The Helen and Claus Hoie Charitable Foundation’s recent donation of a number of Hoie’s watercolors allows us to celebrate the vision of this notable 20th-century artist who drew so deeply upon the sea for inspiration. Hoie’s seafaring family origins inspired a long lifetime of painting sailing vessels, fish, whalers, and Moby-Dick, among other subjects. The idea of a “fantasia” (a mixture of forms and styles) fits the varied styles of Claus Hoie (1911-2007), who sometimes incorporated a variety of elements such as text from logbooks into his artworks.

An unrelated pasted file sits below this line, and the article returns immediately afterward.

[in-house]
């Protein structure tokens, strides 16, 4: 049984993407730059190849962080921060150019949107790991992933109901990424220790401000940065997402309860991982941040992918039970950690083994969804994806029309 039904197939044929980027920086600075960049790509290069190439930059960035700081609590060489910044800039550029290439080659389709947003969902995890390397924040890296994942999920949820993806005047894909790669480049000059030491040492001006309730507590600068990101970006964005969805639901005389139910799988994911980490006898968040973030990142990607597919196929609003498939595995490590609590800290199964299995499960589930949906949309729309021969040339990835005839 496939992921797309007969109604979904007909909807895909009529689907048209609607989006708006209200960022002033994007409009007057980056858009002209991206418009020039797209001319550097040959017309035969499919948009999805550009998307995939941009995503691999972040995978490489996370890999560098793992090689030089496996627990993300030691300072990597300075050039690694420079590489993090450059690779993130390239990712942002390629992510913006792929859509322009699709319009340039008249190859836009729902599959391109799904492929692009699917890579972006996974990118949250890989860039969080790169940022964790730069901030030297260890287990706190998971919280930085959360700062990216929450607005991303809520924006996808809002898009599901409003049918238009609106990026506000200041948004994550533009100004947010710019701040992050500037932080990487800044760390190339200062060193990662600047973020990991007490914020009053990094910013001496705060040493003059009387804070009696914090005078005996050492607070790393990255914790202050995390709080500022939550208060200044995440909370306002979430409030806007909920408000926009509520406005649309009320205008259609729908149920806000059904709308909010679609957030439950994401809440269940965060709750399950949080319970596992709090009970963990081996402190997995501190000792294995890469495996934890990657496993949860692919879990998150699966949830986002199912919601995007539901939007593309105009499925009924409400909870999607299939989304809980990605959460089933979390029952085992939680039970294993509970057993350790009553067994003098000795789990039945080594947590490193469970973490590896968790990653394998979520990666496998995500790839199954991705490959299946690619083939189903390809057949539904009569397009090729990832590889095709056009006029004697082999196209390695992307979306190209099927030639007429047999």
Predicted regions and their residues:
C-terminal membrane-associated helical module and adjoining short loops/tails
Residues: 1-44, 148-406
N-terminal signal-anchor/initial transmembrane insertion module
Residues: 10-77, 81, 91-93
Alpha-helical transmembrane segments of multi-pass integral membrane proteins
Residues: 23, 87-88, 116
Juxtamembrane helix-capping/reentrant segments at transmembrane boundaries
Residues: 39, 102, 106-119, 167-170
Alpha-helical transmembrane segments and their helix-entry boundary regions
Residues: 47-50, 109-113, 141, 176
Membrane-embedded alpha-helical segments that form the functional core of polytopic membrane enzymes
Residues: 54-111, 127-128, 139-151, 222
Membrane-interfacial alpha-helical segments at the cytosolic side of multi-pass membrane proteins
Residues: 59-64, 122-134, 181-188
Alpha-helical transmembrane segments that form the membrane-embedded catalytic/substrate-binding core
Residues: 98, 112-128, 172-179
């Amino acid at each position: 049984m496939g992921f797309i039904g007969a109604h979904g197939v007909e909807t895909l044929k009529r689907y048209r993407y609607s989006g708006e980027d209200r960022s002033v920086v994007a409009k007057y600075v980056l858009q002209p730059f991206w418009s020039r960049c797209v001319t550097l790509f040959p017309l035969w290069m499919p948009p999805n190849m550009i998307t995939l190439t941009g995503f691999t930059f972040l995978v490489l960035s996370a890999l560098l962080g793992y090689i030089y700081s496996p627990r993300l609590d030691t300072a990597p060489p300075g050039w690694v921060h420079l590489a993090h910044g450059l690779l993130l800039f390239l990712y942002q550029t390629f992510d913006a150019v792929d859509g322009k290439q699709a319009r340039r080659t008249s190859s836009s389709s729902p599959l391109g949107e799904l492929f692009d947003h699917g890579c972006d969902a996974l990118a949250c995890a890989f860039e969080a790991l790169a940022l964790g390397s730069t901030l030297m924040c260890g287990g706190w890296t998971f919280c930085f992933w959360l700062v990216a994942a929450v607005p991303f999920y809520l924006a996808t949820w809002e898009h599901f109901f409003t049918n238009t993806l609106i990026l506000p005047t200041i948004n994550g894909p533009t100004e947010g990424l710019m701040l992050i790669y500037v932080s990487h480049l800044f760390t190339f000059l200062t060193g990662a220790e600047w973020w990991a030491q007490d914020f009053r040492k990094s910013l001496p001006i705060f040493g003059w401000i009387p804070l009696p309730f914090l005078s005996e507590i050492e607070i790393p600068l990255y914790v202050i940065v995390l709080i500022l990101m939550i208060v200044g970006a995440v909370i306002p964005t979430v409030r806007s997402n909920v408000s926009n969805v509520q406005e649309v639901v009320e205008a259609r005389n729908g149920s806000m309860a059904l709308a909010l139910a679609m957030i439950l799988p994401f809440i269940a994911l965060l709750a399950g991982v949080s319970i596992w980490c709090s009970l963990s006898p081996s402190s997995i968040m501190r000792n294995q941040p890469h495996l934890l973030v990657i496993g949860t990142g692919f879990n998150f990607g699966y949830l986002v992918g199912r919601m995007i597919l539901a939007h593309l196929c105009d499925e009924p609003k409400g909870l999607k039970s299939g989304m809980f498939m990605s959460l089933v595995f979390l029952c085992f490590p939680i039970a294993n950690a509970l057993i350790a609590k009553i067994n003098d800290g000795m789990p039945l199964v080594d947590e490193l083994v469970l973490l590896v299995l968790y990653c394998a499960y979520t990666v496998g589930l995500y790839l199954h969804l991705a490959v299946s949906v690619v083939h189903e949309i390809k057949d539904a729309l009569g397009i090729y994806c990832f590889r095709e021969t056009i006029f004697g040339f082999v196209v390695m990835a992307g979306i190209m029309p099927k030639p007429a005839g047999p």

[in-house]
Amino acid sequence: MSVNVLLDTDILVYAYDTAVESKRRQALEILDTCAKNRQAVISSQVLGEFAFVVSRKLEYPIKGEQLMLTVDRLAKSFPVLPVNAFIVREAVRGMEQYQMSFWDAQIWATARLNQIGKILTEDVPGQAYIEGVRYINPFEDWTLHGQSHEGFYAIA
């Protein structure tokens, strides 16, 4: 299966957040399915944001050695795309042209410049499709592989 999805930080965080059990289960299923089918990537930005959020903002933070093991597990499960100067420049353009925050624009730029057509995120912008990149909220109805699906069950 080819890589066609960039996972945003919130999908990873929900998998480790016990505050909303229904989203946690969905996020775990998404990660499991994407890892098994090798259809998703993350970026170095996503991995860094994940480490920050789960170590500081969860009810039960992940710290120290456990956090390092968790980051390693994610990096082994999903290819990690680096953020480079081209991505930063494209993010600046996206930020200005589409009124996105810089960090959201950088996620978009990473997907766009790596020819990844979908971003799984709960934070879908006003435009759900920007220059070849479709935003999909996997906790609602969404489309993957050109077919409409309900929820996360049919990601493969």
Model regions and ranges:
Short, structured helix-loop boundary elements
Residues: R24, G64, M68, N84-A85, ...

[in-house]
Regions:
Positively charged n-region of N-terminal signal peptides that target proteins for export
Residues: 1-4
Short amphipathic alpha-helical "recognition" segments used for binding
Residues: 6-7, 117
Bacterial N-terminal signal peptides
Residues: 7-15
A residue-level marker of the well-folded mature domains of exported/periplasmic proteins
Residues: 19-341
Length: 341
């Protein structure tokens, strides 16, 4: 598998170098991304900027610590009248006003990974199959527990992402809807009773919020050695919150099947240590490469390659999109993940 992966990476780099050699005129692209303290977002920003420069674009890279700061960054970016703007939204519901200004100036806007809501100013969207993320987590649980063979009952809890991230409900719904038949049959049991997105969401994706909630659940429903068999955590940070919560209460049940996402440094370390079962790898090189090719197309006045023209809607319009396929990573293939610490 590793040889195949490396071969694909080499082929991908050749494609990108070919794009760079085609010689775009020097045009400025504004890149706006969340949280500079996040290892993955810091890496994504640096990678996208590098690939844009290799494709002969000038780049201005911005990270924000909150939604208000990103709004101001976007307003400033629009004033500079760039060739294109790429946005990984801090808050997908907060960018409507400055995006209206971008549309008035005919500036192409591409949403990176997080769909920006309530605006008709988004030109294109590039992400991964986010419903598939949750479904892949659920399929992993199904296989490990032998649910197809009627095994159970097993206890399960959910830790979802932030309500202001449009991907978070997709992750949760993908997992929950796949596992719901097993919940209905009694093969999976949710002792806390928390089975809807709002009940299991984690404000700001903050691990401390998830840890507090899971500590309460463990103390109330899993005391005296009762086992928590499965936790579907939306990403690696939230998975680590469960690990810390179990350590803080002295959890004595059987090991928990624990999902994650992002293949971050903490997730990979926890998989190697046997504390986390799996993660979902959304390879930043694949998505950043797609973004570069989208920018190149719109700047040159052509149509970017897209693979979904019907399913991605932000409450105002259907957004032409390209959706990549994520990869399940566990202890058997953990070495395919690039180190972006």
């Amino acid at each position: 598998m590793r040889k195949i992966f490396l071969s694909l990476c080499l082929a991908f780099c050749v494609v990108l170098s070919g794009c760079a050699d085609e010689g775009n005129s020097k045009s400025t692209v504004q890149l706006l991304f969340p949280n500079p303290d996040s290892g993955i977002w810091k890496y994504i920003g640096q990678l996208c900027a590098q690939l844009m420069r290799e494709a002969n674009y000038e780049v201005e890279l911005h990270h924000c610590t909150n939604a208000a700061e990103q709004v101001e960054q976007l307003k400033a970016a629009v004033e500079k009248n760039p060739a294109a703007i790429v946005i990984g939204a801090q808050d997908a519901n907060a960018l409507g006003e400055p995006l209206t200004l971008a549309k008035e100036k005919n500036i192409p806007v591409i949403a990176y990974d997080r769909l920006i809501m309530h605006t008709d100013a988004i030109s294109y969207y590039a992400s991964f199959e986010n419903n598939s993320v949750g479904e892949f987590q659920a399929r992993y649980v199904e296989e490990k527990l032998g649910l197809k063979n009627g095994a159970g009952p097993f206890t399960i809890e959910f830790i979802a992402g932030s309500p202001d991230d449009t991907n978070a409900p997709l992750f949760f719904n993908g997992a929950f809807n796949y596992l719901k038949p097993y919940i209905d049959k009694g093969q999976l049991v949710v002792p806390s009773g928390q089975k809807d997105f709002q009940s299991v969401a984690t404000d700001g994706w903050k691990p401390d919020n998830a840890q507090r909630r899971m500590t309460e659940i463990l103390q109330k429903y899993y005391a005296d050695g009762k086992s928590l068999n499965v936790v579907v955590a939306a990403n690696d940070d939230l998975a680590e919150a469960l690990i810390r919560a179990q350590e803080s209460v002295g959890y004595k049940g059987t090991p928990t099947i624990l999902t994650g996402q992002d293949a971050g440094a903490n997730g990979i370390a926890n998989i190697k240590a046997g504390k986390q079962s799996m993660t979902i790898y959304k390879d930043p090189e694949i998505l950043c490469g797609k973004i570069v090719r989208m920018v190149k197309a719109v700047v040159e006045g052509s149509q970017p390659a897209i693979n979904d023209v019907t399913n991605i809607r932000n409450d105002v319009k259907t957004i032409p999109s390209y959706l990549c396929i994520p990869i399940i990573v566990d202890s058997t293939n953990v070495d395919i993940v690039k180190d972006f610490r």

“The islands” were regular trading stops in the days of sail, and Maine mariners and their families came to know the region well. Using objects of trade, accounts, personal sketches, artworks, photographs, and souvenirs, this exhibit explores this long-standing relationship of Maine seafarers with a vastly different region that is not very far away. It introduces more recent perspectives through the mid-20th century paintings of Stephen Etnier (1903-1984), a sailor himself who traveled south for decades.